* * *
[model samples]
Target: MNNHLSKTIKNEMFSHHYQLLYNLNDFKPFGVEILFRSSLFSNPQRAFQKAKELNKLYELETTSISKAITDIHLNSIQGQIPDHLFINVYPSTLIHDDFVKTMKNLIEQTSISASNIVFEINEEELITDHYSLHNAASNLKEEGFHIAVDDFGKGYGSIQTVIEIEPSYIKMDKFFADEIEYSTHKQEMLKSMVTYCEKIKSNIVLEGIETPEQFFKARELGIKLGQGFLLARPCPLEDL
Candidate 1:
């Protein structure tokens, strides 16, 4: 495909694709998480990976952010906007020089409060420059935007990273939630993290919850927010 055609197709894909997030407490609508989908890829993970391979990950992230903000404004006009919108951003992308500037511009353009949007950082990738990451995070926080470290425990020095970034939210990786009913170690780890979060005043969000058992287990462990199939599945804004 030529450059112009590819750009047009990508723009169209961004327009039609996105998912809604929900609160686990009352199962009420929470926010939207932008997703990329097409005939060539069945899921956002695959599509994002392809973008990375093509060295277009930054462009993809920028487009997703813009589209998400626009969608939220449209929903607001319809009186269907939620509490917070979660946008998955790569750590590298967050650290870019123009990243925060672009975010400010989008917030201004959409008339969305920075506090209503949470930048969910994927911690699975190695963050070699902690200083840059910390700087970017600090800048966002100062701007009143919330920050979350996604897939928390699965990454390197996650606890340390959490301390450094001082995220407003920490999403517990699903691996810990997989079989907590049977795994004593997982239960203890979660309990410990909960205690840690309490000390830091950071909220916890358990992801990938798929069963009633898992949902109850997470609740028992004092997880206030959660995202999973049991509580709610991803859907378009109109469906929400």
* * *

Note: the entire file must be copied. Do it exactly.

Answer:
[model samples]
Target: MNNHLSKTIKNEMFSHHYQLLYNLNDFKPFGVEILFRSSLFSNPQRAFQKAKELNKLYELETTSISKAITDIHLNSIQGQIPDHLFINVYPSTLIHDDFVKTMKNLIEQTSISASNIVFEINEEELITDHYSLHNAASNLKEEGFHIAVDDFGKGYGSIQTVIEIEPSYIKMDKFFADEIEYSTHKQEMLKSMVTYCEKIKSNIVLEGIETPEQFFKARELGIKLGQGFLLARPCPLEDL
Candidate 1:
């Protein structure tokens, strides 16, 4: 495909694709998480990976952010906007020089409060420059935007990273939630993290919850927010 055609197709894909997030407490609508989908890829993970391979990950992230903000404004006009919108951003992308500037511009353009949007950082990738990451995070926080470290425990020095970034939210990786009913170690780890979060005043969000058992287990462990199939599945804004 030529450059112009590819750009047009990508723009169209961004327009039609996105998912809604929900609160686990009352199962009420929470926010939207932008997703990329097409005939060539069945899921956002695959599509994002392809973008990375093509060295277009930054462009993809920028487009997703813009589209998400626009969608939220449209929903607001319809009186269907939620509490917070979660946008998955790569750590590298967050650290870019123009990243925060672009975010400010989008917030201004959409008339969305920075506090209503949470930048969910994927911690699975190695963050070699902690200083840059910390700087970017600090800048966002100062701007009143919330920050979350996604897939928390699965990454390197996650606890340390959490301390450094001082995220407003920490999403517990699903691996810990997989079989907590049977795994004593997982239960203890979660309990410990909960205690840690309490000390830091950071909220916890358990992801990938798929069963009633898992949902109850997470609740028992004092997880206030959660995202999973049991509580709610991803859907378009109109469906929400």